April Fool's Day 2021 was no joke as the S&P 500 hit an all-time, closing at almost 4,020.
That's more than 1,000 points tacked on since July 2019. Over that period, five stocks – Facebook, Apple, Amazon, Microsoft and Google parent Alphabet (FAAMG) – accounted for 44% of that 1,000-point gain, according to the Wall Street Journal. In other words, the technology sector was the primary driver of domestic equities' upside over that span.
That wasn't the case in the first quarter. Using the sector SPDR exchange traded funds as the bogeys, the Technology Select Sector SPDR (NYSEARCA:XLK) gained just 4.4% in the first three months of 2021.Only XLK's consumer staples and utilities counterparts delivered more lethargic showings.
Obviously, some of that lag is attributable to the rotation into cyclical value sectors, all of which easily outpaced tech in the January through March period. While the move to value appears to have some legs, advisors shouldn't talk clients out of tech.
Don't Fret About Rising Bond Yields
Of course, that's easier said than done and as XLK indicates, the surge in 10-year yields weighed on tech in the first quarter. That's by virtue of tech companies having longer duration cash flows, making them more sensitive to rising rates. Some market observers believe that scenario is overdone.
“The recent bond yield spike has been blamed for pressuring tech stocks as they are seen as vulnerable to rising rates,” notes BlackRock. “We believe this view is too simplistic: tech is a diverse sector and the driver of higher yields matters more than the rise itself. Our new nominal theme implies central banks will be slower to raise rates to curb inflation than in the past, supporting our pro-risk stance and preference for tech.”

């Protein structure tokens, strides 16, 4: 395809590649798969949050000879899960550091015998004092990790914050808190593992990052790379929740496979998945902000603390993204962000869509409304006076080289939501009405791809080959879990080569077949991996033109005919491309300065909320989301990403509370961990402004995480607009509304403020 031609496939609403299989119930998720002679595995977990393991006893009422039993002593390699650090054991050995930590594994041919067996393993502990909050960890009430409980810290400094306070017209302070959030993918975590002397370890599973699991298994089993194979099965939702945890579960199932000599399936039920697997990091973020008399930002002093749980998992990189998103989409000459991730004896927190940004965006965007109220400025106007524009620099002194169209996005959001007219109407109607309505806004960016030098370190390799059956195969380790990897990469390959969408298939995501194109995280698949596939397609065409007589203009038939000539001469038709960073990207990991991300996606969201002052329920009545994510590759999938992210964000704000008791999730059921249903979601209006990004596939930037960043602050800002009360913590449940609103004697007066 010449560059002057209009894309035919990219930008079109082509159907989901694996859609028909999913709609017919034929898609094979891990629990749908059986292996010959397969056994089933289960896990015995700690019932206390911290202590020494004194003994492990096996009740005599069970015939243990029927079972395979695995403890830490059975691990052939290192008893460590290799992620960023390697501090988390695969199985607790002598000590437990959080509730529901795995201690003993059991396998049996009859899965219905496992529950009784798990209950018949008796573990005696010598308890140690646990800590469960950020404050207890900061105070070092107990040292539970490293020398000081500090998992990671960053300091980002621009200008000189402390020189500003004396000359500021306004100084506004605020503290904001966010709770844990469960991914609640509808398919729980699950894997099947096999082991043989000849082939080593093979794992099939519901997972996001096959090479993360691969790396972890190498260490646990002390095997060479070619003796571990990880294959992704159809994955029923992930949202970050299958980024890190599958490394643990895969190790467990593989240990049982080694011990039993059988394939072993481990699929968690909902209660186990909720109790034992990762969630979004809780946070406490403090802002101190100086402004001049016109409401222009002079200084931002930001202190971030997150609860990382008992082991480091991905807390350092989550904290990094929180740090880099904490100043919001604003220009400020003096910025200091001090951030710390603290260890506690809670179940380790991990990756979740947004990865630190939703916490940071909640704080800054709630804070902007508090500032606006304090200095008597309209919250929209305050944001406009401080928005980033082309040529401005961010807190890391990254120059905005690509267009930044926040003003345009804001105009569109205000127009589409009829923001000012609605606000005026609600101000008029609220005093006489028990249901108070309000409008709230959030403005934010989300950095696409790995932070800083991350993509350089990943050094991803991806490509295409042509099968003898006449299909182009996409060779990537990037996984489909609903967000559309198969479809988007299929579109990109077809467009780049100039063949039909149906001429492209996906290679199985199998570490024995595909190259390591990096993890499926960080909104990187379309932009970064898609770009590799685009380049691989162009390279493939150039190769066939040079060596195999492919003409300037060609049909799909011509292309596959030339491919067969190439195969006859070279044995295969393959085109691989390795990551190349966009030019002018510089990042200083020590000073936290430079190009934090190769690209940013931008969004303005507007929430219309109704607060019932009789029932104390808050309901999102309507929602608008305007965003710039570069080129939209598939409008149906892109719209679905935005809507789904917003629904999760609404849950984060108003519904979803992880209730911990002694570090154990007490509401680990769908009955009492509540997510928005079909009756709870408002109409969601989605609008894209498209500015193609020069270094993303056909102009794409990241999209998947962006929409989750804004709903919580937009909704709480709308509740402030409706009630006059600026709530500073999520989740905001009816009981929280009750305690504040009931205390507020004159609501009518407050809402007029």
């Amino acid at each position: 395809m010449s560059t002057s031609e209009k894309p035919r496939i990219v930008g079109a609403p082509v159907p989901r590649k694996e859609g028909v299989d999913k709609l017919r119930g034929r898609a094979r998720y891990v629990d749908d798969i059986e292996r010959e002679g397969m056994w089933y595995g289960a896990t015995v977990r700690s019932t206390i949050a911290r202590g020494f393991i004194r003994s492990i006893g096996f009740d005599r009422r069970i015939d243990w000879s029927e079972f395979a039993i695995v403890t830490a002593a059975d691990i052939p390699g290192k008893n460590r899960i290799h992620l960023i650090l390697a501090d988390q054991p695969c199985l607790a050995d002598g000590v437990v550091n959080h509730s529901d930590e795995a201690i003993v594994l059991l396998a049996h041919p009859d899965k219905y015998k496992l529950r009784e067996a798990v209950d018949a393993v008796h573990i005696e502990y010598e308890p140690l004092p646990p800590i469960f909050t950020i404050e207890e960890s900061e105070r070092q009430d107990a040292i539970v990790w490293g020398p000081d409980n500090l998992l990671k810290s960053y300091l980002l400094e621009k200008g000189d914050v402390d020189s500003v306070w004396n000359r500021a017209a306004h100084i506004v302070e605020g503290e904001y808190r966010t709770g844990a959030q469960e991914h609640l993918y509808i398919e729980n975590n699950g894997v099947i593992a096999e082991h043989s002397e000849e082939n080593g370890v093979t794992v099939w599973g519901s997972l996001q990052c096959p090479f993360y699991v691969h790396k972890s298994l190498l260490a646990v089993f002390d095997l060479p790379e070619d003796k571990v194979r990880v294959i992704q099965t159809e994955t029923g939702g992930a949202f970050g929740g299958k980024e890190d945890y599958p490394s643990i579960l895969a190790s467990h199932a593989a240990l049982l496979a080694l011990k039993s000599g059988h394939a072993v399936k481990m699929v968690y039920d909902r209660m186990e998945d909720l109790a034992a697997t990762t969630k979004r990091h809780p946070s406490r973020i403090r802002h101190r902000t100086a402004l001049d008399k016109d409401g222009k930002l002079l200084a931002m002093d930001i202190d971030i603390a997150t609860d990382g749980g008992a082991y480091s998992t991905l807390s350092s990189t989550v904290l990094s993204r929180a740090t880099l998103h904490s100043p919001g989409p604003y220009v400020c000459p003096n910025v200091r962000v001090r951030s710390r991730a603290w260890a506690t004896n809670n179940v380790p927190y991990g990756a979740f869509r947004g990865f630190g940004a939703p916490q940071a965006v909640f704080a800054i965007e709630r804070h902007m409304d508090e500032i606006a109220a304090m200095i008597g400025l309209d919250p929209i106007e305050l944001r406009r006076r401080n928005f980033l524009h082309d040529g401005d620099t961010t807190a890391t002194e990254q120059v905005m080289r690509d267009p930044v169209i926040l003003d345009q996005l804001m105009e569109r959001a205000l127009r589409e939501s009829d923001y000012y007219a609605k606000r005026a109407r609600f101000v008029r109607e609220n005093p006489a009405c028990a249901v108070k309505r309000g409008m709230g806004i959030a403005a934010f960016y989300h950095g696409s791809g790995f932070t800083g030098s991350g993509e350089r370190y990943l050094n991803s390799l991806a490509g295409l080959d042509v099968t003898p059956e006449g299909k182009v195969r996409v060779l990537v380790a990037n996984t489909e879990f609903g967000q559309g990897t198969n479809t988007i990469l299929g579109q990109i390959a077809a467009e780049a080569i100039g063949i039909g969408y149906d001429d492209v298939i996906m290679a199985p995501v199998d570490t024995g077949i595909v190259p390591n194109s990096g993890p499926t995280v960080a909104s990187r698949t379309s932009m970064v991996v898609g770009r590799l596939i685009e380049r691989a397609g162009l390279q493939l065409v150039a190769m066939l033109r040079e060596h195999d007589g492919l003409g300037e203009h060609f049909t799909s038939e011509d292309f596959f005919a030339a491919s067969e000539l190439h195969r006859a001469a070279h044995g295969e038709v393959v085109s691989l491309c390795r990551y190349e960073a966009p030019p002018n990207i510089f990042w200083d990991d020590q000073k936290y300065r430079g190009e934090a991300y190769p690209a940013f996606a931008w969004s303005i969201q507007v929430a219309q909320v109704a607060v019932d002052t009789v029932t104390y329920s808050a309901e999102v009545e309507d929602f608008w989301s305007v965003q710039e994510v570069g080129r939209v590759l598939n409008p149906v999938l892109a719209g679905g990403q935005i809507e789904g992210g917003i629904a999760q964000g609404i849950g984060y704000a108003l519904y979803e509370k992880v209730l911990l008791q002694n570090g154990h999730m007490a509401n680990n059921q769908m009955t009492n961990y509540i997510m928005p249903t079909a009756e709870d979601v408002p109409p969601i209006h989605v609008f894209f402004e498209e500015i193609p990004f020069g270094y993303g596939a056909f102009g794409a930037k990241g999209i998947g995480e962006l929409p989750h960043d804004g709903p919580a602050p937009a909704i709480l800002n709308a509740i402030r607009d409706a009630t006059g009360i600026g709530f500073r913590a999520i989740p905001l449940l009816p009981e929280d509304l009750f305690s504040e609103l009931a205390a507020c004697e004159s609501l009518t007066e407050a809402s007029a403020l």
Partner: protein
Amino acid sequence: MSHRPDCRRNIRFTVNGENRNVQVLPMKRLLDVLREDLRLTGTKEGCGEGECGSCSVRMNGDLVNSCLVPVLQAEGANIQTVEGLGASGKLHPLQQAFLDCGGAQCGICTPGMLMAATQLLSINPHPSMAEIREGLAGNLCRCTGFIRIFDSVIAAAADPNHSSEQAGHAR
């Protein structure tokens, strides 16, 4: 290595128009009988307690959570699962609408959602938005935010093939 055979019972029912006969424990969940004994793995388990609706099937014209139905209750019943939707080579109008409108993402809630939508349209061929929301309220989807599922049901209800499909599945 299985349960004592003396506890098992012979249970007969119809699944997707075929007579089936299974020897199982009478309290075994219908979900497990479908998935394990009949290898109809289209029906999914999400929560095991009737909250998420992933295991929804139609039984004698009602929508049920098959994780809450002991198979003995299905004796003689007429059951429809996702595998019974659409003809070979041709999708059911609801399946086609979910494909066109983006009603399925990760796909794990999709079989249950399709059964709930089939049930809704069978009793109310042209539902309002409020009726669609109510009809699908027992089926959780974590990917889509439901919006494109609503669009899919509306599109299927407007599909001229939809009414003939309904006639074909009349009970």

Advisors discussing tech with jittery clients should highlight some important points. First, the sector isn't scuffling because of declining earnings power. Second, it pays to note what's driving 10-year yields higher and it's indications that the Federal Reserve will soon raise borrowing costs.
“The 'term premium tantrum' mostly reflects investors requiring higher compensation for the now greater risks to portfolios presented by government bonds and inflation, in our view,” said BlackRock. “This makes equities even more appealing than bonds in a multi-asset context – and suggests any further sell-offs in tech may present opportunities. We believe tech companies beating earnings expectations once again will be rewarded if bond yields settle back into a range.”
Other Reasons to Stick with Tech
With inflation becoming an increasingly prominent part of the 2021 investment landscape, timing exactly when 10-year yields will stop rising and when tech will be more inviting is a fool's errand.
The sector's earnings power remains strong, there's an emerging income proposition and the Nasdaq-100 Index is just 4% below its all-time high – all signs there's still a lot to like with technology stocks. And there is.
“We maintain a positive tactical and strategic view on the tech sector. Any further 'term premium tantrum' may present tactical opportunities,” adds BlackRock. “On a strategic basis, we see tech supported by structural growth trends – and as one of the sectors set to benefit most from the 'green' transition.”
Bottom line: Near-term bond market issues don't alter the positive long-term outlook for the technology sector and that's a message to convey to clients.